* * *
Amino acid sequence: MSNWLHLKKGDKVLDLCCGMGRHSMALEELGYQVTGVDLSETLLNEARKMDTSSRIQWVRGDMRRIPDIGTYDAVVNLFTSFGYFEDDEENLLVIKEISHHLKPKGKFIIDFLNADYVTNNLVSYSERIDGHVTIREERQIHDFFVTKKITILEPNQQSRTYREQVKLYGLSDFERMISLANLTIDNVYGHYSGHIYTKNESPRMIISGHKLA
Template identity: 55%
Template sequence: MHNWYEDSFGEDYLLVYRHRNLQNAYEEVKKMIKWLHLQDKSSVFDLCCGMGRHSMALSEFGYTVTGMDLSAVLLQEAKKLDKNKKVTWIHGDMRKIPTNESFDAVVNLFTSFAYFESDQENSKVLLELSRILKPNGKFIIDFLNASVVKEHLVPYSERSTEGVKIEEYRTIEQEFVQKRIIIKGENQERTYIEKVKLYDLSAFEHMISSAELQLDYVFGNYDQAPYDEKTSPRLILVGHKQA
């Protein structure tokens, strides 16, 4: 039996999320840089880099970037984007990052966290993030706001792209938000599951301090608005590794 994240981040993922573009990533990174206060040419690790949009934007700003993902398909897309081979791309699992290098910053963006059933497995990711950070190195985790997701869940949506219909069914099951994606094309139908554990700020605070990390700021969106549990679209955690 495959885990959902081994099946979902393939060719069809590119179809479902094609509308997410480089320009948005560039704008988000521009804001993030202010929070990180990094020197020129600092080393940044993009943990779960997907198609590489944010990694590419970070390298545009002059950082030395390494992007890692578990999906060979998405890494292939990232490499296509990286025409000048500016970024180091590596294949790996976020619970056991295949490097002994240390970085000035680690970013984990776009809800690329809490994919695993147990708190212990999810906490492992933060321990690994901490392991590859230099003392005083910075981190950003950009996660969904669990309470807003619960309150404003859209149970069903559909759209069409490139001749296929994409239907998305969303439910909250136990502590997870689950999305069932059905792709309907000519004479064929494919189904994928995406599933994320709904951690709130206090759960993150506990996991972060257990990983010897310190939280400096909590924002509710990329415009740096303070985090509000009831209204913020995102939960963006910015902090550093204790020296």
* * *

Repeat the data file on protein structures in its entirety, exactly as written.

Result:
Amino acid sequence: MSNWLHLKKGDKVLDLCCGMGRHSMALEELGYQVTGVDLSETLLNEARKMDTSSRIQWVRGDMRRIPDIGTYDAVVNLFTSFGYFEDDEENLLVIKEISHHLKPKGKFIIDFLNADYVTNNLVSYSERIDGHVTIREERQIHDFFVTKKITILEPNQQSRTYREQVKLYGLSDFERMISLANLTIDNVYGHYSGHIYTKNESPRMIISGHKLA
Template identity: 55%
Template sequence: MHNWYEDSFGEDYLLVYRHRNLQNAYEEVKKMIKWLHLQDKSSVFDLCCGMGRHSMALSEFGYTVTGMDLSAVLLQEAKKLDKNKKVTWIHGDMRKIPTNESFDAVVNLFTSFAYFESDQENSKVLLELSRILKPNGKFIIDFLNASVVKEHLVPYSERSTEGVKIEEYRTIEQEFVQKRIIIKGENQERTYIEKVKLYDLSAFEHMISSAELQLDYVFGNYDQAPYDEKTSPRLILVGHKQA
């Protein structure tokens, strides 16, 4: 039996999320840089880099970037984007990052966290993030706001792209938000599951301090608005590794 994240981040993922573009990533990174206060040419690790949009934007700003993902398909897309081979791309699992290098910053963006059933497995990711950070190195985790997701869940949506219909069914099951994606094309139908554990700020605070990390700021969106549990679209955690 495959885990959902081994099946979902393939060719069809590119179809479902094609509308997410480089320009948005560039704008988000521009804001993030202010929070990180990094020197020129600092080393940044993009943990779960997907198609590489944010990694590419970070390298545009002059950082030395390494992007890692578990999906060979998405890494292939990232490499296509990286025409000048500016970024180091590596294949790996976020619970056991295949490097002994240390970085000035680690970013984990776009809800690329809490994919695993147990708190212990999810906490492992933060321990690994901490392991590859230099003392005083910075981190950003950009996660969904669990309470807003619960309150404003859209149970069903559909759209069409490139001749296929994409239907998305969303439910909250136990502590997870689950999305069932059905792709309907000519004479064929494919189904994928995406599933994320709904951690709130206090759960993150506990996991972060257990990983010897310190939280400096909590924002509710990329415009740096303070985090509000009831209204913020995102939960963006910015902090550093204790020296």